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  10. I thoroughly enjoyed visiting Borders, though I mostly used the store for buying magazines and drinking coffee. It was a great place to browse through all the current titles. I hope they manage to survive but it looks like the end is near.

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  11. As concerned as I am about the demise of Borders, I can't say that I will be sad to see it go. I went to buy a book there last week as a show of solidarity but was greatly disappointed in their selection. They were well stocked on the NYT bestsellers and recent releases, but little else. To me, a bookstore, especially a major one like Borders, should be willing and able to stock the books that maybe don't fly off the shelves but appeal to nitch buyers.

    Am I too idealistic? Have I been spoiled by Amazon's endless supply? Probably both. But I'm unimpressed with Borders' effort to save themselves.

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  12. I've never shopped at Borders. I buy about 80% of my books at indie stores, 15% at Amazon, and the rest at Barnes & Noble.

    It'll be interesting to see how it all shakes out. Personally, I hope the fall of Borders gives rise to more indies.

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  13. I've never shopped at Borders. Not even once. I've been inside their stores though - they are not very well organized and sell cracker jack packages next to their picture books.

    I don't like them, but... it will be sad to see a major player go.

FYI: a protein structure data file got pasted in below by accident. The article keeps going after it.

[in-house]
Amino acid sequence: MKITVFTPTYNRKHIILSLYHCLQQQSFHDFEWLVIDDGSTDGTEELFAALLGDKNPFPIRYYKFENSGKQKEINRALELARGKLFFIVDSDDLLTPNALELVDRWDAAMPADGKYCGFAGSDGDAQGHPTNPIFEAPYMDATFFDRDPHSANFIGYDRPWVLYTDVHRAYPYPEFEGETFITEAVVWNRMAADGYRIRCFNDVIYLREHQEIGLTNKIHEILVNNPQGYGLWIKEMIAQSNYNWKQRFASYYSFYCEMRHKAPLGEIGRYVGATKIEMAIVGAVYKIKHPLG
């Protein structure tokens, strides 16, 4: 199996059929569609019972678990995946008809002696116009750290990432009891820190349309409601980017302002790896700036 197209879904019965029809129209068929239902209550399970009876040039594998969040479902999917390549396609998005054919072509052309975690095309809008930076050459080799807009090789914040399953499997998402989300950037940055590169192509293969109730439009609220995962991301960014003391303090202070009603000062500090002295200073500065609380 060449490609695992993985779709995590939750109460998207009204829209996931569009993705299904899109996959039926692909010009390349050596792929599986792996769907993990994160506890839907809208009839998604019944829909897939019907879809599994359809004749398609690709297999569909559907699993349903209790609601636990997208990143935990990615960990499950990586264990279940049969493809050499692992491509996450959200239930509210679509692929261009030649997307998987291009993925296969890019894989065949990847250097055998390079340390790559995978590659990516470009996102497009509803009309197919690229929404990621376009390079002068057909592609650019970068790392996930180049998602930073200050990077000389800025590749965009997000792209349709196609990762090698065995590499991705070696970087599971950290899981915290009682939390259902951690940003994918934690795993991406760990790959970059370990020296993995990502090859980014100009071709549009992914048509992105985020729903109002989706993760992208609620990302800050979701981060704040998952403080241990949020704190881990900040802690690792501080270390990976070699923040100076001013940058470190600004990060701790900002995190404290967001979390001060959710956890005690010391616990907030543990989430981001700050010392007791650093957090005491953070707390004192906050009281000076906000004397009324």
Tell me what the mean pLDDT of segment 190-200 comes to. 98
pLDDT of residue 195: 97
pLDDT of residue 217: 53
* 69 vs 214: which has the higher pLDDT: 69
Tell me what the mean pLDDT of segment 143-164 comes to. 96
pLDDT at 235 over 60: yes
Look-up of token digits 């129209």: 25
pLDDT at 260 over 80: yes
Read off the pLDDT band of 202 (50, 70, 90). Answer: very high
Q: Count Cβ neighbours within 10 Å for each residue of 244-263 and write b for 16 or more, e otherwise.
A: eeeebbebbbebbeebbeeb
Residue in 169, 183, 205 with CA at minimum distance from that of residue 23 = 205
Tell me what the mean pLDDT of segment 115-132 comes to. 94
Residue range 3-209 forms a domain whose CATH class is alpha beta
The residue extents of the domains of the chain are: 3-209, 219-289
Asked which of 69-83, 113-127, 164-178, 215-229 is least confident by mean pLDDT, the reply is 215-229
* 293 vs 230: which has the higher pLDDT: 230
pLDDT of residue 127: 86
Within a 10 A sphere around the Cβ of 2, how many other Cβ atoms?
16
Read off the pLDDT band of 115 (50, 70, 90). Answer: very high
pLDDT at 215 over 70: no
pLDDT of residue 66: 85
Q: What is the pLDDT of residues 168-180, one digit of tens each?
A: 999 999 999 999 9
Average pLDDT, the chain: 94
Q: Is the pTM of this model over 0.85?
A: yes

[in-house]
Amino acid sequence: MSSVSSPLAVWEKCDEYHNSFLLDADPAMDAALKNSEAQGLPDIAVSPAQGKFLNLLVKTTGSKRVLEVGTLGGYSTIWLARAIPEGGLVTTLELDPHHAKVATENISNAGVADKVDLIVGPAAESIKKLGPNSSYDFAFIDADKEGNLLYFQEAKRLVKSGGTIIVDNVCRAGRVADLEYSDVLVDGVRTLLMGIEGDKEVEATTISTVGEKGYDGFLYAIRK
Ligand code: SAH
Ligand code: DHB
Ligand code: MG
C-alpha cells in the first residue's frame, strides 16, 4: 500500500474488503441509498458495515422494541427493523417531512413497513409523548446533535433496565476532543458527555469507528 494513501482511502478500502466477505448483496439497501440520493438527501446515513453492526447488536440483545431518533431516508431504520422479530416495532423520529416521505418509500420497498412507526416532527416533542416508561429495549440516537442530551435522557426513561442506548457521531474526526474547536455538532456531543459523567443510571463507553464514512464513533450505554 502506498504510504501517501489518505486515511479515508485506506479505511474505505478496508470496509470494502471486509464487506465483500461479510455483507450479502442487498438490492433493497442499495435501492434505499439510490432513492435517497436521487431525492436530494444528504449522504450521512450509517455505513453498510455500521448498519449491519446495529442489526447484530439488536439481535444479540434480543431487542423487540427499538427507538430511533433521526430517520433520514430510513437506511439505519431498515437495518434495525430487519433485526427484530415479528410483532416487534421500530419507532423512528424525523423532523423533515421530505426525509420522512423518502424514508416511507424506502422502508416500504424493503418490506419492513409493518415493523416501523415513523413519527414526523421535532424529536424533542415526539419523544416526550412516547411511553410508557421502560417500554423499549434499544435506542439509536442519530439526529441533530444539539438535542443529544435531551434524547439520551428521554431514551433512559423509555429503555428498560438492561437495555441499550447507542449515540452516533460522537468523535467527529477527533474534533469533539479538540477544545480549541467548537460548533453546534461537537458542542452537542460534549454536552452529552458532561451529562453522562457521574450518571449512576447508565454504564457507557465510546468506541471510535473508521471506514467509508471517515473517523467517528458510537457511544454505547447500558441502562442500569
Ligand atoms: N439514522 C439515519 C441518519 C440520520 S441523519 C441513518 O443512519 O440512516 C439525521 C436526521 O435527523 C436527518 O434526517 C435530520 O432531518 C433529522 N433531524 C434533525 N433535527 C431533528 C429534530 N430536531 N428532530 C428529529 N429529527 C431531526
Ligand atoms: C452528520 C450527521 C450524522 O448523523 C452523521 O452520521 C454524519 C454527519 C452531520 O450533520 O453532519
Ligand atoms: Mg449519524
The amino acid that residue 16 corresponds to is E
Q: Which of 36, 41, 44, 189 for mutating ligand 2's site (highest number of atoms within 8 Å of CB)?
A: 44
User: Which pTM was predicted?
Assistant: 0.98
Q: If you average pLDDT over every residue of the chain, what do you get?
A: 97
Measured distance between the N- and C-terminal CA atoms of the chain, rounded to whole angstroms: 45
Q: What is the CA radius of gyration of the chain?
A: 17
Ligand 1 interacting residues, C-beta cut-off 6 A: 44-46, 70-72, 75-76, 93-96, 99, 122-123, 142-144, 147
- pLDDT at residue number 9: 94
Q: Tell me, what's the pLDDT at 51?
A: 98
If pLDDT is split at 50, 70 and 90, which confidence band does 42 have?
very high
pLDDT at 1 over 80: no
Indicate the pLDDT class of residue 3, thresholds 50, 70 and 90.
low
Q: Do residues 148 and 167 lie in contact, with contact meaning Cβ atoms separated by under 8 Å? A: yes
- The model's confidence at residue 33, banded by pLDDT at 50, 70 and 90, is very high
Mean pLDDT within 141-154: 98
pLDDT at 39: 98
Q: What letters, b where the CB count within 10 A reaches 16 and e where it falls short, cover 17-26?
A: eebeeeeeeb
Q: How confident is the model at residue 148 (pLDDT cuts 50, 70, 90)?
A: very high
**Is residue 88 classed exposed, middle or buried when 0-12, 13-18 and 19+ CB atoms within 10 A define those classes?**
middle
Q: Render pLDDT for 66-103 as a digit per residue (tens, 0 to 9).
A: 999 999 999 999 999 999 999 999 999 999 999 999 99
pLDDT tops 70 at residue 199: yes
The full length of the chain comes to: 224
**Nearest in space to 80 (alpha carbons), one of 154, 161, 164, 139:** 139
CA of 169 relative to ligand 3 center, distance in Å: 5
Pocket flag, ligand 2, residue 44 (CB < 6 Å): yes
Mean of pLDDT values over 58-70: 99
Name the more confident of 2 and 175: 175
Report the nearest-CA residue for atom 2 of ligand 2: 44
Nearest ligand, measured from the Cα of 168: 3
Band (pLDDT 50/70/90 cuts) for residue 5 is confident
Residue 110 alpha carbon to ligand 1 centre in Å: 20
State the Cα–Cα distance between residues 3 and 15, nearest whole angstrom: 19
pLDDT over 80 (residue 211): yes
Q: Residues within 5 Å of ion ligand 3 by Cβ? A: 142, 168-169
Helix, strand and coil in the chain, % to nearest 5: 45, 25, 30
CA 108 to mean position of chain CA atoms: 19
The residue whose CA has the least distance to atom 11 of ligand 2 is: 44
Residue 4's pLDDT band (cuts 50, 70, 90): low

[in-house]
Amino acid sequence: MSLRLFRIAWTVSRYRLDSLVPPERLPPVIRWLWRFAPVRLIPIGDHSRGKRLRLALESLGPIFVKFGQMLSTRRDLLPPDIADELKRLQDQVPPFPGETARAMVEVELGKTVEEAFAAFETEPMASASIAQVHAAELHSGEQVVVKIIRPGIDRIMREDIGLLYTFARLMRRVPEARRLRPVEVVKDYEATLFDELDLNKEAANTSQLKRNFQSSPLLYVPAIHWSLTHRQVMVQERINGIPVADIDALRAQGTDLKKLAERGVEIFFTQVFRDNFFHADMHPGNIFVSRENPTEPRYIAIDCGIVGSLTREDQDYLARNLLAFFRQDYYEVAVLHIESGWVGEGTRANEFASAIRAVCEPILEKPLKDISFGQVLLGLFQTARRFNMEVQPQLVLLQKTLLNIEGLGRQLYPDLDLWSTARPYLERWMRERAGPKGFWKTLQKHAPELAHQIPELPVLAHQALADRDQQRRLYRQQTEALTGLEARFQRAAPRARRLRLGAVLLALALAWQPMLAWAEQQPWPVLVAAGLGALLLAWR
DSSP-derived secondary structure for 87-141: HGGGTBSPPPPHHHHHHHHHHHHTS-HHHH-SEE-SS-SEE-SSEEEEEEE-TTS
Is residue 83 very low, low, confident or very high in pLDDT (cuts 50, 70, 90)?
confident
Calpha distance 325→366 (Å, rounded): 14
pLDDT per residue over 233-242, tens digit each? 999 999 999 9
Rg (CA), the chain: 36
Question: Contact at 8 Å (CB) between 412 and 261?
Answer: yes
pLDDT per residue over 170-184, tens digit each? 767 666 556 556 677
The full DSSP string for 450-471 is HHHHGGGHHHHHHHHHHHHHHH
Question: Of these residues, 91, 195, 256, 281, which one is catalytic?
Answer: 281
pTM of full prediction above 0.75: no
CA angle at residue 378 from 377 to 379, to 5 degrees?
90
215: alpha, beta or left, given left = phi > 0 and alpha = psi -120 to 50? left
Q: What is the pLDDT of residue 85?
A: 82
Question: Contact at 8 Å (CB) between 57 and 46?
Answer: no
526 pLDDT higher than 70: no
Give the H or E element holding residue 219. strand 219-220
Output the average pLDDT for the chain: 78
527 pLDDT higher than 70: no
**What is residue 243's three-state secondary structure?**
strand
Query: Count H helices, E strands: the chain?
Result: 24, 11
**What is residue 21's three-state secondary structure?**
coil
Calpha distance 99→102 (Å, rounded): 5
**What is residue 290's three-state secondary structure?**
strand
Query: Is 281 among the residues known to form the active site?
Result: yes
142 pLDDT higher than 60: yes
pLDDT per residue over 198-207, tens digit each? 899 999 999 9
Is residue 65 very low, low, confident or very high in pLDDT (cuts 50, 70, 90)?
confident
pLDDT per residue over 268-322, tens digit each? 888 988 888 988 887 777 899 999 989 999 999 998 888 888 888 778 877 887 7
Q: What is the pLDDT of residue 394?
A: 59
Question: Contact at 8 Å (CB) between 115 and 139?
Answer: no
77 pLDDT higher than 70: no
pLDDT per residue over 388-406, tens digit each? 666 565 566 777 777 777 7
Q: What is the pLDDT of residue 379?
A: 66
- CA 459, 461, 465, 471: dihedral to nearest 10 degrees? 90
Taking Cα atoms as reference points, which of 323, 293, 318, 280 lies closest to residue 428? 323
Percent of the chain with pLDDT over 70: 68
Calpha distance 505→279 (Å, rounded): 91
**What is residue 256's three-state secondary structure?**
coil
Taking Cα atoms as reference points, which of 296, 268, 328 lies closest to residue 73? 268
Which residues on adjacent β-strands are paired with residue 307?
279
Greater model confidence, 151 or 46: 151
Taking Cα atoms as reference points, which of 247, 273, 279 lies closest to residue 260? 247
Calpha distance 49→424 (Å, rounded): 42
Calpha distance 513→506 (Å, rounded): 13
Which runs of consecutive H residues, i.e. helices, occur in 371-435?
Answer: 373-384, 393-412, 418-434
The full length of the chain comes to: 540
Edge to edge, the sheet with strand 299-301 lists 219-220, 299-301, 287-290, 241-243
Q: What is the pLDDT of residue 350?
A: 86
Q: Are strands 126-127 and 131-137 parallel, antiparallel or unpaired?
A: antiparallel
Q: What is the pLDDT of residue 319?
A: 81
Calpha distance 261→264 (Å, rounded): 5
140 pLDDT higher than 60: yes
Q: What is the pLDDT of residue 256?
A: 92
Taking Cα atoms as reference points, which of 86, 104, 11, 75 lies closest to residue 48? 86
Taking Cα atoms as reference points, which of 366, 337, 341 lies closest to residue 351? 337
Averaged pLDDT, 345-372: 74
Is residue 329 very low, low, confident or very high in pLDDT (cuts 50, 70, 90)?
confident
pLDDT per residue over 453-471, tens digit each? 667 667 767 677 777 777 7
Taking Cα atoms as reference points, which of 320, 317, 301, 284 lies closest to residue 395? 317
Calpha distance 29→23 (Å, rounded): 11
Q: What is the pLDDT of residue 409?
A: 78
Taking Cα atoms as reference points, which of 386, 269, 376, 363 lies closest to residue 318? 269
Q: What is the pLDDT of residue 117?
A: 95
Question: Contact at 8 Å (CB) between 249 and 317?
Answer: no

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  14. Personally, I love my Indie bookstores and do what I can to keep them alive. Borders, have shopped at also. I can see the future will be more of e-books and on-line but then I'll miss going into a shop and browsing. Libraries, please STAY!! Who remembers the "Twilight" when the the world crashed and one man was survived with his books and then...

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  15. I only shop at Borders as it's basically my home away from home. I hang out in the cafe, knit, buy books and magazines there, and have been a customer at this particular location since they opened over ten years ago. I know all the staff and they treat me very well. There would be no joy in Mudville if our local Borders closed.

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  16. I would be extremely depressed if Borders closes. I buy all my books at borders. Seriosuly, whenever I go, I buy over a hundred dollars of books. I hate B&N. I don't like their stores, and they're inconveniently located for me. The one closest is in an ugly little one-floor mall place, and it doesn't have close to the same feel as the lovely Borders store I shop at.

    I also don't like buying books from Amazon. Just no. They have a bigger selection because they can ship your order, while Borders has to have the book in stock to sell it to you right from the store. But I can't browse as well on Amazon, and those "Also bought" things help me not a bit. I'd be perfectly happy to shop at a large independent store if there were one near me, but there is not.

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  17. Quite some time ago, one of my publishers stopped dealing with Borders. It made things tough on the author end of things, but certainly makes it less of a surprise that things have gone this far.